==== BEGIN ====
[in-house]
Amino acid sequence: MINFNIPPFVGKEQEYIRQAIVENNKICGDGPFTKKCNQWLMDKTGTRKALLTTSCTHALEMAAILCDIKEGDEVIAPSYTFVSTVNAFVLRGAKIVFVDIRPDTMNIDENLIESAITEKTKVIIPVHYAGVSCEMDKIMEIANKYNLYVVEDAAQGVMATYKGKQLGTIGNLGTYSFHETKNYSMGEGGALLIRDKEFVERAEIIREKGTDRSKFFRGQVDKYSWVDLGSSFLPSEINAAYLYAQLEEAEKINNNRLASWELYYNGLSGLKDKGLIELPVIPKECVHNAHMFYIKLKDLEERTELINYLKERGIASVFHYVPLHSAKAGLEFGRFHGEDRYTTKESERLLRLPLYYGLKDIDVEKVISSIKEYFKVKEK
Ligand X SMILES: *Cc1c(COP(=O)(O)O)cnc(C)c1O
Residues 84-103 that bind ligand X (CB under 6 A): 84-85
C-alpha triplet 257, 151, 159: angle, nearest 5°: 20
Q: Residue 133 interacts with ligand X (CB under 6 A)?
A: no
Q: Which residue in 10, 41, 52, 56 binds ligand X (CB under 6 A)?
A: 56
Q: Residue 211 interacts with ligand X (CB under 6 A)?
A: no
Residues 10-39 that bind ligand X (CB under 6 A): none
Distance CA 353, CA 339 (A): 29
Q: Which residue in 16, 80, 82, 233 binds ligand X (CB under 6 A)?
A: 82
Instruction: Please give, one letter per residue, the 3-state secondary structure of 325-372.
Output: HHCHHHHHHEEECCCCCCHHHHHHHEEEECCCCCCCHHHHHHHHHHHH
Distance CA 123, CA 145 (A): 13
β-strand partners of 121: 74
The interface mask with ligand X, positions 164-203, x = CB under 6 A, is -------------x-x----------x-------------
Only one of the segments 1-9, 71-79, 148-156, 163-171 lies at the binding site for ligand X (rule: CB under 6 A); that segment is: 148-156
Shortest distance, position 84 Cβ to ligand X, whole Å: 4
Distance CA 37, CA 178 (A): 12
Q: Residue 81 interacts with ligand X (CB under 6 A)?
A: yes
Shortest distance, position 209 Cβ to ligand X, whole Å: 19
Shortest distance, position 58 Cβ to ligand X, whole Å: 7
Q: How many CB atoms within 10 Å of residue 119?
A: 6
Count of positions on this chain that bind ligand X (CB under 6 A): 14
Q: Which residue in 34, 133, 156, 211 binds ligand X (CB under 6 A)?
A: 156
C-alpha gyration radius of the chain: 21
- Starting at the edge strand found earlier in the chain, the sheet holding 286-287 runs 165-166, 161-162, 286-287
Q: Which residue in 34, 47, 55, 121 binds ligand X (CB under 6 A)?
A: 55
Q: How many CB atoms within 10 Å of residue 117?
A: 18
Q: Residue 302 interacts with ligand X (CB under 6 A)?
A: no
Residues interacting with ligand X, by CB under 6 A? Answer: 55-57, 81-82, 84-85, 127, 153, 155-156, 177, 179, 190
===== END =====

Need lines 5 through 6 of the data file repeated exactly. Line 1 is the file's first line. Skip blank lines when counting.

C-alpha triplet 257, 151, 159: angle, nearest 5°: 20
Q: Residue 133 interacts with ligand X (CB under 6 A)?